More than 530 people attend the 26th Vision Korea National Conference held to celebrate the 51st anniversary of Maeil Business Newspaper on Thursday. [photo by Kim Jae-hoon]
For fundamental deterrence against escalating North Korean nuclear weapons threat, South Korea should seriously consider going nuclear through the options of using the country’s existing advanced facility and technology in producing commercial nuclear energy or sharing U.S. nuclear weapons in South Korea, advised experts from home and abroad.
The Korea Security Report, compiled by the Maeil Business Newspaper and Sejong Institute with the help of over 40 experts on North Korea, security, political, economic, and international affairs, set the stage for public debate on the nuclear option for South Korea that has long been a tabooed idea.
Among the advisers were Baek Jong-chun, former presidential secretary on foreign and security policy and Edwin Feulner, former president of Heritage Foundation.
The three-month work released as the agenda for the 26th Vision Korea National Conference on Thursday examines the geopolitical developments, North Korea’s marked advances in nuclear weapons and ballistic missile technology, provocations, and arms capabilities of North Korea and allied South Korea-U.S. to substantiate grounds for South Korea’s nuclear armament for “Mutually Assured Destruction (MAD), a Cold War doctrine based on the Nash equilibrium theory arguing that once armed with full-scale nuclear weapons, neither side can initiate a conflict.
The voice of nuclear sovereignty that had so far been limited to extreme rightists gained attention and support upon recent North Korean nuclear and missile tests demonstrating the regime is near perfecting the technology of blasting off missiles in various ranges with miniaturized nuclear warheads. Adding to worries were the campaign statements from President Donald Trump suggesting disengagement from Asian traditional security allies unless they share greater defense cost.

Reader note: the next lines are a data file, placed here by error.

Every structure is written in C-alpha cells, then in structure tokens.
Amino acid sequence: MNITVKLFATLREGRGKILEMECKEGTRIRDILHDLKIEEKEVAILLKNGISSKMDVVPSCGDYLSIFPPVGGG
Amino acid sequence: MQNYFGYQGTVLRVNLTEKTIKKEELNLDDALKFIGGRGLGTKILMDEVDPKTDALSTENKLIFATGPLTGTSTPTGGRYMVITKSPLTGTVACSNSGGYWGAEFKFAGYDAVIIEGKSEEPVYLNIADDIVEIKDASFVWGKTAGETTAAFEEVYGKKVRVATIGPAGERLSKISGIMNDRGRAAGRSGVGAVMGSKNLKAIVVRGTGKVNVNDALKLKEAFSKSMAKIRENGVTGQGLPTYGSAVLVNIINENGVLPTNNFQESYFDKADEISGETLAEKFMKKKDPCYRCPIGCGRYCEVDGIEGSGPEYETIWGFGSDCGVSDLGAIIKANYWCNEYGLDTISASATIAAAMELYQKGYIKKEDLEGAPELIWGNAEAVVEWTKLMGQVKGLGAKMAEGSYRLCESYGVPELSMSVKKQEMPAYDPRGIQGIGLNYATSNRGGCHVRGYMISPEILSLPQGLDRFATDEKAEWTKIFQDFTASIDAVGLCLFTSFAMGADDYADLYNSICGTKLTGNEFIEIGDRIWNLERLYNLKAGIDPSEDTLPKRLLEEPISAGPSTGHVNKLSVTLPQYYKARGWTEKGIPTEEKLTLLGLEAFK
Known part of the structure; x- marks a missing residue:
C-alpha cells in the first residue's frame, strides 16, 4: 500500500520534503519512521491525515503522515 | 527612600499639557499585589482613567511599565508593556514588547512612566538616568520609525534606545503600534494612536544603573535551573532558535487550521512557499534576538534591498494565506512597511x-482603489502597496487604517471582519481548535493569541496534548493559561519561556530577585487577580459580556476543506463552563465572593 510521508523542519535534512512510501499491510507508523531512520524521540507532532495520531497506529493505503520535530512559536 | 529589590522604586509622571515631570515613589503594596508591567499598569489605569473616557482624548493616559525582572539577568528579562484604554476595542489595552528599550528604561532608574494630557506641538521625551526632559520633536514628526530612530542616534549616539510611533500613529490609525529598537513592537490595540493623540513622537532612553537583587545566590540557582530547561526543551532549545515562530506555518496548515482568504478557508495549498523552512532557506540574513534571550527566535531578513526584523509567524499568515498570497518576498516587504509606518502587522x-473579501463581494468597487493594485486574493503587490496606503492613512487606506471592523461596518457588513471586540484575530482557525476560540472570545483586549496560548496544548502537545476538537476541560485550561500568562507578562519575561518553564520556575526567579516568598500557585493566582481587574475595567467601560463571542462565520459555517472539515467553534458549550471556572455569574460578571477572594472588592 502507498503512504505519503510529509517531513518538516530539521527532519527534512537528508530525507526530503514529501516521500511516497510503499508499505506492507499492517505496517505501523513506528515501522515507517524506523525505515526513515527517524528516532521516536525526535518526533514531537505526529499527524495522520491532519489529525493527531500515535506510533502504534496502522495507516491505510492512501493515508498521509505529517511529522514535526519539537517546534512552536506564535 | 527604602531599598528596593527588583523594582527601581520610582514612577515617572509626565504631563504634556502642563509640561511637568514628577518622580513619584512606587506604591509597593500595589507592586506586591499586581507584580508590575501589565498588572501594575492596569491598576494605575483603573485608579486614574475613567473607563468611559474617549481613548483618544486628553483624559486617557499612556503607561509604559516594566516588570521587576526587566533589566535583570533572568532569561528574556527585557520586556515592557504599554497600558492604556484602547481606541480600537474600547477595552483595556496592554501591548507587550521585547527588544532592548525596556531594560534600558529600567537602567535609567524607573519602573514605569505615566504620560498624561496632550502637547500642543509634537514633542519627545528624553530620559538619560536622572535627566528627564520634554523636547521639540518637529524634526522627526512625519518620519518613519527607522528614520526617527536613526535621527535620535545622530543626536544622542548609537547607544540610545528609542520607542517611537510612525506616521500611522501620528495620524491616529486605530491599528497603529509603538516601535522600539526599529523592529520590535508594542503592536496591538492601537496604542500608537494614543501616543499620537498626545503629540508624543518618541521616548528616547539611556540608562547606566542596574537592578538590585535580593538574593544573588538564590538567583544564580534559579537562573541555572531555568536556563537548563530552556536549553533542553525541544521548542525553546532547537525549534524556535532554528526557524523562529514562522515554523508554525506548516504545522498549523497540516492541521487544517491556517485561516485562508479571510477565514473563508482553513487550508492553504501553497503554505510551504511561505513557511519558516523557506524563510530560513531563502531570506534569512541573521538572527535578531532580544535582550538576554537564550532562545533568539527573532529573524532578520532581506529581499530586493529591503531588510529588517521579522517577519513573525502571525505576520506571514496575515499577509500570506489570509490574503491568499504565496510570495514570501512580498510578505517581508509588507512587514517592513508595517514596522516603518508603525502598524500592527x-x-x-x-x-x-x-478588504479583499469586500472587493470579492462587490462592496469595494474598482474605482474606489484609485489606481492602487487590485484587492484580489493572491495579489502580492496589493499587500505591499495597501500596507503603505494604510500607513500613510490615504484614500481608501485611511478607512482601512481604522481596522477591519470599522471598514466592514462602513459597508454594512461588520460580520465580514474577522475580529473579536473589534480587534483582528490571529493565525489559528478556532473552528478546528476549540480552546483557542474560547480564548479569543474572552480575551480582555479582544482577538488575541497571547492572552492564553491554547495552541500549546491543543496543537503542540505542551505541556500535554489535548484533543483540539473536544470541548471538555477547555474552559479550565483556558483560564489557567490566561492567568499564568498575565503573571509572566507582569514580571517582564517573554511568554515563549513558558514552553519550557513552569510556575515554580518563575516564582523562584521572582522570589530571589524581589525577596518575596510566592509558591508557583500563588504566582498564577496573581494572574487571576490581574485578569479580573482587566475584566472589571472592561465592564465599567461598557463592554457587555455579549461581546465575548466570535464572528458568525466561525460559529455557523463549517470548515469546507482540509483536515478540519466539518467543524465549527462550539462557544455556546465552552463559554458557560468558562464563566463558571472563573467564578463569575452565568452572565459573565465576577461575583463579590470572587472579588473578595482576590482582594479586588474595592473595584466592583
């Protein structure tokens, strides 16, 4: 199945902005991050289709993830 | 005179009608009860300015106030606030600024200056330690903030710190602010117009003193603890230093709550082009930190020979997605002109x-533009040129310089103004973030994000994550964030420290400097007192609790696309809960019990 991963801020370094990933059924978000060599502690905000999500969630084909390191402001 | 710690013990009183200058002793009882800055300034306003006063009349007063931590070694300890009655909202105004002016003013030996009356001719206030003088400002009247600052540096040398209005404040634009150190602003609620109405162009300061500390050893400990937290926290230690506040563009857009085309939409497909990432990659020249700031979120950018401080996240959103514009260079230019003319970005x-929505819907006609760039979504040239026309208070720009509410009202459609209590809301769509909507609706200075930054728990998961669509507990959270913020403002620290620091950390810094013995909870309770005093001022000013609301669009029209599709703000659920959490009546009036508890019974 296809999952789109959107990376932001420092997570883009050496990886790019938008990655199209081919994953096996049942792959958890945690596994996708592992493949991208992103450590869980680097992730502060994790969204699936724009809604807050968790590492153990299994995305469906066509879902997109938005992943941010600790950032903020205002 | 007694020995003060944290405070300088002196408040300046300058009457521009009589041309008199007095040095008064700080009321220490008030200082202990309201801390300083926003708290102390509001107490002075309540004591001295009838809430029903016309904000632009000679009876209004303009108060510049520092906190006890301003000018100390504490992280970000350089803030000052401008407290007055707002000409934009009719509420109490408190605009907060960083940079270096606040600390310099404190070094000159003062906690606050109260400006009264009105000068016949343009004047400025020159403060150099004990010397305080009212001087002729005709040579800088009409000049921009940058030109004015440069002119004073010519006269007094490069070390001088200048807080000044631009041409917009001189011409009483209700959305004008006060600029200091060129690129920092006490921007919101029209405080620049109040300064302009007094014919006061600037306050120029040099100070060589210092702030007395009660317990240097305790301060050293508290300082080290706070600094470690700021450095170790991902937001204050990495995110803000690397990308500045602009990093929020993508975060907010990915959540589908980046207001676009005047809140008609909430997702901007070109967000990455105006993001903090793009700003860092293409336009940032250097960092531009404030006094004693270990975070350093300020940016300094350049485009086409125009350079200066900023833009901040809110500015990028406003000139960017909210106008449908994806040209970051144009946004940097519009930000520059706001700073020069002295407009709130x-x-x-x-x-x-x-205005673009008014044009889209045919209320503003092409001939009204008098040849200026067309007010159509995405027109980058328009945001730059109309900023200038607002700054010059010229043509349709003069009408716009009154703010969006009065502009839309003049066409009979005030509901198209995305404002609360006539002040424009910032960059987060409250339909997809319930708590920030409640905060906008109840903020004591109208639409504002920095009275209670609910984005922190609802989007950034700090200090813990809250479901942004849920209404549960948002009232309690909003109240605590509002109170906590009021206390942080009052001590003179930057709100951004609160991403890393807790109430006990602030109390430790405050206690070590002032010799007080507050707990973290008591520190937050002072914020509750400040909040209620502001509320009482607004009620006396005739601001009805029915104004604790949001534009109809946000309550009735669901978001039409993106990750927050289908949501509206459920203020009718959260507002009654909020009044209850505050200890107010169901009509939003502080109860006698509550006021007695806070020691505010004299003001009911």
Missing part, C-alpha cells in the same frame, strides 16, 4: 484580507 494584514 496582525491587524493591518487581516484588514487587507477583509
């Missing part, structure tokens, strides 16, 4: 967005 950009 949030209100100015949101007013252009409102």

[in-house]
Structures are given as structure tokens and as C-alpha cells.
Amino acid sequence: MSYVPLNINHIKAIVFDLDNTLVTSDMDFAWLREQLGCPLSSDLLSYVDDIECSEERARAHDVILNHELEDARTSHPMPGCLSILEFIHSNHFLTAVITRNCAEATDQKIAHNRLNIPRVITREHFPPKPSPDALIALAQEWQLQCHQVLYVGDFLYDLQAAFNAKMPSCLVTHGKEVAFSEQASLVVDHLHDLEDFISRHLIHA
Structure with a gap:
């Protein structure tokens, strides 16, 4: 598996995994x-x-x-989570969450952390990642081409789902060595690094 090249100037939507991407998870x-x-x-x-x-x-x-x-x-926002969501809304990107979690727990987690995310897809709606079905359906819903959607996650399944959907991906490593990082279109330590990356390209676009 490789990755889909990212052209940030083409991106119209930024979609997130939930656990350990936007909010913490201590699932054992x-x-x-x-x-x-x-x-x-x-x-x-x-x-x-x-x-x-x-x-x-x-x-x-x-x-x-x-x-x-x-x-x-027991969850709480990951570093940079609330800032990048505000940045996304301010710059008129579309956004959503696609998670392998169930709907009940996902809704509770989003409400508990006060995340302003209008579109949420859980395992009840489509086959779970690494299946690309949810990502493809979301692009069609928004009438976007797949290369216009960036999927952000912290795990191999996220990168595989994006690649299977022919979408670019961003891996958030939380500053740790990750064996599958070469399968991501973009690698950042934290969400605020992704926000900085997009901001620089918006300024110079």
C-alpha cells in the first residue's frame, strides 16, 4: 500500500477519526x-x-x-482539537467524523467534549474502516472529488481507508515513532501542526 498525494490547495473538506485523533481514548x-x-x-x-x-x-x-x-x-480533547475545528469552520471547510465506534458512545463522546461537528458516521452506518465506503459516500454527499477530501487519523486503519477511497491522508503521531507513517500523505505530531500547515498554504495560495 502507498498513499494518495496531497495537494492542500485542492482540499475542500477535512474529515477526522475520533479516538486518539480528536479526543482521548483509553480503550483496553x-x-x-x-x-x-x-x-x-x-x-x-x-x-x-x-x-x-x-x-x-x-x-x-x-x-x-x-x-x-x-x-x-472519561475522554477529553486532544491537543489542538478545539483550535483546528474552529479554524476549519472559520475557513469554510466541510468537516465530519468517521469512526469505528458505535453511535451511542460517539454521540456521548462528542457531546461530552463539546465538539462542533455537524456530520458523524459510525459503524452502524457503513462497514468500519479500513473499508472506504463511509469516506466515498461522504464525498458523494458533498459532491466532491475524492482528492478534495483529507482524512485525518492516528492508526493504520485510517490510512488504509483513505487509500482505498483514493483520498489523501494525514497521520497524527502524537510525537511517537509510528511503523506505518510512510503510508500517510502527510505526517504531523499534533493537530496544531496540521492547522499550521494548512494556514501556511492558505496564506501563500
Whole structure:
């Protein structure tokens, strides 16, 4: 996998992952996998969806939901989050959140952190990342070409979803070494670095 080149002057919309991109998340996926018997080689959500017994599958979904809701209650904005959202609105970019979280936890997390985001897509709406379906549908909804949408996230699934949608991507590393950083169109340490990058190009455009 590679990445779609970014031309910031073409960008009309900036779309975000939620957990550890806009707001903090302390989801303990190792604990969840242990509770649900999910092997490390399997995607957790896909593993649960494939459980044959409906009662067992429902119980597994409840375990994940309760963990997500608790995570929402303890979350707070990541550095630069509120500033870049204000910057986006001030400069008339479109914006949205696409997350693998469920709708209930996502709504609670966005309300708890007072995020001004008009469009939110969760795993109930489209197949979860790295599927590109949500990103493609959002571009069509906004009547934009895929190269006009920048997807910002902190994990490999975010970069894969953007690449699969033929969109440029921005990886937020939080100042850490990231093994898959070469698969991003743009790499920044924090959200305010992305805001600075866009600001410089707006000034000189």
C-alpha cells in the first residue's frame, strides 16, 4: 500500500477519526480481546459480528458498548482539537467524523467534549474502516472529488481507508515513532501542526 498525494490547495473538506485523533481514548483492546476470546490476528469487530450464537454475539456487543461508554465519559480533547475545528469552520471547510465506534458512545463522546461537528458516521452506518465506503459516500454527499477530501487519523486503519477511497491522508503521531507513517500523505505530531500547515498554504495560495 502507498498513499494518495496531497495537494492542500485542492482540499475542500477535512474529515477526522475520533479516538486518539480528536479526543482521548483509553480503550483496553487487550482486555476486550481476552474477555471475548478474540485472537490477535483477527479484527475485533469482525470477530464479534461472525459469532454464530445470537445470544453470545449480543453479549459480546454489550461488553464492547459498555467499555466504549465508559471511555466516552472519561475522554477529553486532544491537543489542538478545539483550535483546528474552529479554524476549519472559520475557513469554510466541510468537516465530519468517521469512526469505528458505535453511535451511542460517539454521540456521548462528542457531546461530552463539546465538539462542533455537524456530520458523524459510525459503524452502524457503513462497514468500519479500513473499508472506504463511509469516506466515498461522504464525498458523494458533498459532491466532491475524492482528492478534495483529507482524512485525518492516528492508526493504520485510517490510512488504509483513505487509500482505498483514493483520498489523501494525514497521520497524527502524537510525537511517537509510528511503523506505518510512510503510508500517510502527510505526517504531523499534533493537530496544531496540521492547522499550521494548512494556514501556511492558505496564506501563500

For decisive deterrence and “upgrade” in security policy, the report suggested that Seoul first negotiate to revise bilateral civil nuclear agreement with Washington that bans the use of U.S.-origin materials for military purposes. Although cited as closest traditionally ally, Seoul is discriminated by Washington over use of nuclear energy more than India, Brazil, and Argentina, the report claimed.
South Korea is strictly regulated in processing of spent fuel and enriching uranium and must largely rely on U.S. fuel imports to run its 25 nuclear reactors even after gaining a slight adjustment from 2015 talks.
Japan on the other hand is free to enrich uranium and recycle spent fuel. If South Korea is licensed to the use of fuel to the extent of Japan, it could quickly be able to develop nuclear weapons with existing resources as the last resort. South Korea at least would have leverage against the North, the report said.
Another option would be gaining NATO-like access to U.S. weapons. The U.S. deploys its nuclear weapons in five non-nuclear North Atlantic Treaty Organization (NATO) countries - Belgium, Italy, Germany, the Netherlands and Turkey - under the nuclear sharing policy to enable the use of the weapons by NATO members. Although the U.S. has the last say in their use, the member countries can mount them in weapons systems.
South Korea also must push for greater distance in its rockets for future space and deterrence capabilities. North Korea is working on a ballistic missile that can fly as far as 15,000 kilometers, but South Korea’s ballistic missile cannot go beyond 800 kilometers.
“North Korea’s reckless nuclear tests and missile provocations threaten not only the Korean peninsula but regional and global peace,” said Korea’s acting president and Prime Minister Hwang Kyo-ahn at the conference. “The nation must achieve unity and harmony to fight the security challenges together,” he said.
By Noh Hyun and Choi Seung-jin
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